Hopefully I’ve offered some insights and food for thought on important aspects for consideration, when procuring and utilising cloud services. Organisations need to be aware of the different types of services on offer, potential impacts and which will best suit their business and culture. The adoption of a cloud service should not be a daunting task for organisations.  It should underpin business growth, the ability to deliver new services to market in reduced timeframes, provide simplified business processes, ease of use that encourages collaboration in the workplace and reduced cost, in turn, accelerating more profitable returns.

How notifications can change everything…

How would you like to be able to foretell the future? What would you do? For those of you who have seen Back to the Future 2, you might, like Biff, decide to use a copy of the Sports Almanac to make ‘informed decisions’ in order to secure yourself the best chance of making more money… Right?

Well, before you start thinking I’m about to offer you a magical document like the Almanac (don’t have one, sadly), or read today’s horoscope (don’t believe in it), or share weird and wonderful stories from fortune tellers (know anyone who has visited one?!), I’d like to share my thoughts on the next best thing… Remote Infrastructure Management (RIM).

“How’s that going to help me make more money?”, I hear you cry. Read on and I will explain…

When one considers the initial and on-going investment made in IT infrastructure, it doesn’t take a rocket scientist to realise that continual monitoring and maintenance of physical, virtual and digital IT assets are important. Whether it’s to help find performance gaps, or proactively identify potential issues to avoid service downtime, organisations are looking more and more towards managed services to help simplify and improve their IT infrastructure management.

With this in mind, it’s perhaps no surprise to find that Remote Infrastructure Management (RIM) has increased in popularity over recent years.  Put simply, this service allows an organisation to offload routine-but-essential, or even mission-critical, tasks, to providers who focus on the monitoring and management of IT environments. In doing so, Remote Infrastructure Management (RIM) leaves a business free to re-focus internal IT teams on more valuable and strategic activities, such as rapid application delivery to market to secure competitive advantage, to support growth and increase market share or shareholder value.

So, what other benefits can be realised? First and foremost, up to a 30% reduction in on-going operational cost. Coupled with less initial investment required, this means that the potential overall cost savings can be significant. An additional benefit is access to a team of highly accredited and experienced technical experts, who utilise best-in-class toolsets that some businesses may not readily have access to. Trained professionals plus leading, enterprise-class tools deliver a real sense of reassurance and peace of mind that most IT managers yearn for.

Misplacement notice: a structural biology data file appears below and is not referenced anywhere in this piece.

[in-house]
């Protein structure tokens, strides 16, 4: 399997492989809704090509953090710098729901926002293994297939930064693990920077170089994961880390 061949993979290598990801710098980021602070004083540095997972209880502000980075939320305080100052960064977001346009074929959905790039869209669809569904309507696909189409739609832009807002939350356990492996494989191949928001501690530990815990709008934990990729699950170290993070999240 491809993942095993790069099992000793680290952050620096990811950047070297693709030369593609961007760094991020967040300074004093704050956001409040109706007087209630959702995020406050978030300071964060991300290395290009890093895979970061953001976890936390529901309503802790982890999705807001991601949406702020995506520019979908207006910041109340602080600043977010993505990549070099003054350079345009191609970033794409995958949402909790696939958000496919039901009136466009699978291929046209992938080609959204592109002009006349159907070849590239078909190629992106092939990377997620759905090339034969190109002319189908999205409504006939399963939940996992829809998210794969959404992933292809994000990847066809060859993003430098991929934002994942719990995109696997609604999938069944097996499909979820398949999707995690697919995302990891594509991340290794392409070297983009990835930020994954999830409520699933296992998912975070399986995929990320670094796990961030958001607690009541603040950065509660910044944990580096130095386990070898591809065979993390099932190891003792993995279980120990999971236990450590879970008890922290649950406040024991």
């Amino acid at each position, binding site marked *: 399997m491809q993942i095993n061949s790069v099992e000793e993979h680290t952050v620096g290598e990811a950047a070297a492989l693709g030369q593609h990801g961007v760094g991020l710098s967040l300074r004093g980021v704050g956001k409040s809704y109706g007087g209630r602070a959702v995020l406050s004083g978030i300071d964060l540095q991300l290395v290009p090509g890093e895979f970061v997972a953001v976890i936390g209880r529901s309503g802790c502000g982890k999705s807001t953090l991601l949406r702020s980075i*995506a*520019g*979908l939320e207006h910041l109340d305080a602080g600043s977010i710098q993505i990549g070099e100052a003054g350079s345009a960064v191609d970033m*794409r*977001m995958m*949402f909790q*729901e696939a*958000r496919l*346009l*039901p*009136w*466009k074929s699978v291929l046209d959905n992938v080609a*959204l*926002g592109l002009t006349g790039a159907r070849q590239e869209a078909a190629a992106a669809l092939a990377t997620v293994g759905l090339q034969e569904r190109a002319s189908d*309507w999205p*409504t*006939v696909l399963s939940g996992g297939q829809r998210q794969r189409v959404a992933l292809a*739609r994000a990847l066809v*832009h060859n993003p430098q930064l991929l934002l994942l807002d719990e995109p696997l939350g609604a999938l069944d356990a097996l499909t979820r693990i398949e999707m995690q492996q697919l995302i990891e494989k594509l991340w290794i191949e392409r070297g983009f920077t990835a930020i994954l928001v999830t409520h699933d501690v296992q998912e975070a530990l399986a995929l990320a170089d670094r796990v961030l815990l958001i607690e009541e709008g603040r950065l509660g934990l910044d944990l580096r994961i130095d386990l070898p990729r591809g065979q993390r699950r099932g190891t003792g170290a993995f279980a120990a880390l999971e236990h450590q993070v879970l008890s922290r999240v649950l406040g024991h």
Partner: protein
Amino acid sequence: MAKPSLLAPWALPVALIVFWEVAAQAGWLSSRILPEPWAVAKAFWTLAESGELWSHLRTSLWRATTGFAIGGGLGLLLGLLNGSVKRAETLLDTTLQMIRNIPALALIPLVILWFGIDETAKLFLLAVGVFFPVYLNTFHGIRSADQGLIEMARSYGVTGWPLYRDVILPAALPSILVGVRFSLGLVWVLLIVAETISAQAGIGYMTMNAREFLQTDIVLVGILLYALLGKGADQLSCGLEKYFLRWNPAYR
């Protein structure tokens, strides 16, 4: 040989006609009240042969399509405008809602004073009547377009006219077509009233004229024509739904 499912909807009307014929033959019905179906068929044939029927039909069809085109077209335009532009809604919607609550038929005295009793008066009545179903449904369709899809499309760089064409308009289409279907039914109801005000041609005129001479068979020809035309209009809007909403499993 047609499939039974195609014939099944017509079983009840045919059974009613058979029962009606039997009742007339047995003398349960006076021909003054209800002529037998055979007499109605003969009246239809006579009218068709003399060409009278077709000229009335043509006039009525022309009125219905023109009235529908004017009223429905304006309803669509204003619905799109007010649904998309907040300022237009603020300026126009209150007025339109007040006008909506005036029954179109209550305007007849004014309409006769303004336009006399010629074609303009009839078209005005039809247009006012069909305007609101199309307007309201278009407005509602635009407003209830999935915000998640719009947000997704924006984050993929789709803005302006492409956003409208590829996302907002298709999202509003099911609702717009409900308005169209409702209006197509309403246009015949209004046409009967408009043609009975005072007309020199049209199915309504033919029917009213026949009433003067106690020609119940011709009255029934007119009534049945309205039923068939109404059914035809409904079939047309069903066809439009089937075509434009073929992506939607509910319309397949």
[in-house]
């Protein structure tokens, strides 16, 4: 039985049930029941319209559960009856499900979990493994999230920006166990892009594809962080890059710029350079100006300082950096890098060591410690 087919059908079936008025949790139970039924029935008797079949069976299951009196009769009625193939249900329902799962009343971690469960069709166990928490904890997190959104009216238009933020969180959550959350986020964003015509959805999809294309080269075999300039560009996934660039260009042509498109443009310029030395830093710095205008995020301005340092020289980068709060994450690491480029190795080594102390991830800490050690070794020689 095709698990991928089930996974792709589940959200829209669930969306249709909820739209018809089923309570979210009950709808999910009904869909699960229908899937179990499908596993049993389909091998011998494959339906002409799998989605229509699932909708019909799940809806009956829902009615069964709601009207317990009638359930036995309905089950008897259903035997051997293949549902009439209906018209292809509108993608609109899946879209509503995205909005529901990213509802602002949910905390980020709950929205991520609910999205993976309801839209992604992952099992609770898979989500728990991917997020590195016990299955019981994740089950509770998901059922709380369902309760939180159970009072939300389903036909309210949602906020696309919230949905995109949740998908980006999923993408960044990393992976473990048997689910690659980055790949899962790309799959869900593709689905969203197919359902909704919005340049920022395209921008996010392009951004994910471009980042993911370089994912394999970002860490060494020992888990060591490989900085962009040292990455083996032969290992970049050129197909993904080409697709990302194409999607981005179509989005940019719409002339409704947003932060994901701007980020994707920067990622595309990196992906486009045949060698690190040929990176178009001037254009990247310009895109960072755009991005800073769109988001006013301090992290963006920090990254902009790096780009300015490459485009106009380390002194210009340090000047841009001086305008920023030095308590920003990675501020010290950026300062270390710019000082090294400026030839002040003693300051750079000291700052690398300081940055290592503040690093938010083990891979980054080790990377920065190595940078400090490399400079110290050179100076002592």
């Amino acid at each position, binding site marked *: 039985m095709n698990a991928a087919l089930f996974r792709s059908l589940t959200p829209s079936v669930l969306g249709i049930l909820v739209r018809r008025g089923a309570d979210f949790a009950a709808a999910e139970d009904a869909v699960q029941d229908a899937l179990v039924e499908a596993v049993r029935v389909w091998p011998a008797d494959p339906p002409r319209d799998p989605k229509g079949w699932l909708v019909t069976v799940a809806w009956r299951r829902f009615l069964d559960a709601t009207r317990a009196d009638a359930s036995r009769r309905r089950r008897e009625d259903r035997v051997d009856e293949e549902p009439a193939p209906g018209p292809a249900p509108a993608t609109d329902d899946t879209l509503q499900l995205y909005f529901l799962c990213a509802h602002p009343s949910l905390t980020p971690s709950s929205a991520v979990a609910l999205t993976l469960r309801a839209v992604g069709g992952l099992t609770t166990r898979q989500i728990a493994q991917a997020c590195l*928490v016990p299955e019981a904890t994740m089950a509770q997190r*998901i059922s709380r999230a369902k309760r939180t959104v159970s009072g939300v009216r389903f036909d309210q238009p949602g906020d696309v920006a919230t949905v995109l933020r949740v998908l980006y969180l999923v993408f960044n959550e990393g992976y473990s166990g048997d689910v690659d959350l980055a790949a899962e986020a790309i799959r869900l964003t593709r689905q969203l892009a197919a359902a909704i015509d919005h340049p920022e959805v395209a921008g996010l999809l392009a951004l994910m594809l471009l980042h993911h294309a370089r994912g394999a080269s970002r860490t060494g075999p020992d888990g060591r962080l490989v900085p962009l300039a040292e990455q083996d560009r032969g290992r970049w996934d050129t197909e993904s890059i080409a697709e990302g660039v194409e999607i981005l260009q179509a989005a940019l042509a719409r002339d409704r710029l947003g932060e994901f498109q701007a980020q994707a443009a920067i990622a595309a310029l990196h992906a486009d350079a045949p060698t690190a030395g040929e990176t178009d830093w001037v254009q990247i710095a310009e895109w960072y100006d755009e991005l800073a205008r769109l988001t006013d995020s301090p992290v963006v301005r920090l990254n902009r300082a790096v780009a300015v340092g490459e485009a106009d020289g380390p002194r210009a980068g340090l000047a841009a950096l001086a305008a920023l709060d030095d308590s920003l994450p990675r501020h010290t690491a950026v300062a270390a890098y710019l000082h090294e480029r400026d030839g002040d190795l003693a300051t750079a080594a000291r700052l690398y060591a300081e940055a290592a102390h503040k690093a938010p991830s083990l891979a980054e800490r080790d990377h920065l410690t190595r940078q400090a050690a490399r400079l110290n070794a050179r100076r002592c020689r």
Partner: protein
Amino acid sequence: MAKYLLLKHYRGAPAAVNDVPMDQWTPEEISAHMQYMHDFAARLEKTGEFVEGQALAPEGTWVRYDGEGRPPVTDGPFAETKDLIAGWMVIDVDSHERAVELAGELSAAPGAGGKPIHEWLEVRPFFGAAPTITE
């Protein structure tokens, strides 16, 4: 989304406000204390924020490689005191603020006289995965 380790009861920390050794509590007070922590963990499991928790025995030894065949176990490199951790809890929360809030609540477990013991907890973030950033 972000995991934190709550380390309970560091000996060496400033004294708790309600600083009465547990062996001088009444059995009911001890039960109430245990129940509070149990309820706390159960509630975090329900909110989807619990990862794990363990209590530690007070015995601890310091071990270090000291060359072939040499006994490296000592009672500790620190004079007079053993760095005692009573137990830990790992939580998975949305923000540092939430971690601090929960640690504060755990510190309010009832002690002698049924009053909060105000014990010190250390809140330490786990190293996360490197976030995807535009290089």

However, the real power of Remote Infrastructure Management (RIM) lies in the notifications. The IT infrastructure is proactively and remotely monitored by a team who intimately understand the corporate environment. Through the generation of notifications, these highly skilled teams help an organisation detect potential impending issues and take action at the earliest possible opportunity – before minor issues turn into full-blown problems. Whether data resides in one data centre or several located worldwide, these notifications provide an organisation with a clear view of their IT infrastructure and enable them to identify areas for improvement. Critically, this service significantly lowers the risk of IT failures and service outages.

When it comes to Remote Infrastructure Management (RIM), setting the correct thresholds is key. Not only do the thresholds need to correctly relate to the platform being monitored, from a technical perspective, interpreting thresholds correctly is just as important.  For example, for servers, one would monitor the number of cores, the clock rate, the number of threads, the number of memory channels available, the respective maximum memory bandwidth that needs to be monitored, and so on… IT departments then need to interpret that data and determine what, if any, impact there is to the business. Things can, very quickly, become very complex.

Such complexities often distract members of the IT department from their primary roles and responsibilities. Often, too much time is spent troubleshooting issues when, for example, IT departments could – and should – be evaluating new applications and technologies to help support company growth objectives.  By reaching out to a provider of Remote Infrastructure Management (RIM), a business can sleep tight in the knowledge that its infrastructure is being proactively monitored. Moreover, the CIO can be confident that precious data is safe in the hands of experts, who will provide recommendations as to how IT infrastructure, platforms, applications and the wider environment can be further optimised.

Regardless of the situation, notifications are important. Whether it’s an email from a loved one asking you to pick up some groceries on the way home, or a car warning light indicating that you only have x miles left before you run out of fuel. Notifications let you know you need to take action. They draw your attention to potential issues and, just like the Sports Almanac, let you know where you should be focusing your efforts for maximum return. Translate that into the peace of mind derived from knowing that significant IT investments made are protected, knowing that valuable data is being proactively monitored and managed, knowing that a team of experts are anticipating issues and addressing them according to pre-agreed thresholds and ITIL processes… now that’s the sort of peace of mind that I’d like, wouldn’t you?

Welcome to 2014! Start the year as you intend to go on, take advantage of the expertise, experience and excellence waiting to help you make the 12 months ahead more successful than ever before…

Find out more about MTI’s solutions and services at, email or speak to a trusted advisor on +44 (0)1483 520 200

Asad Malik
Product Manager, MTI Technology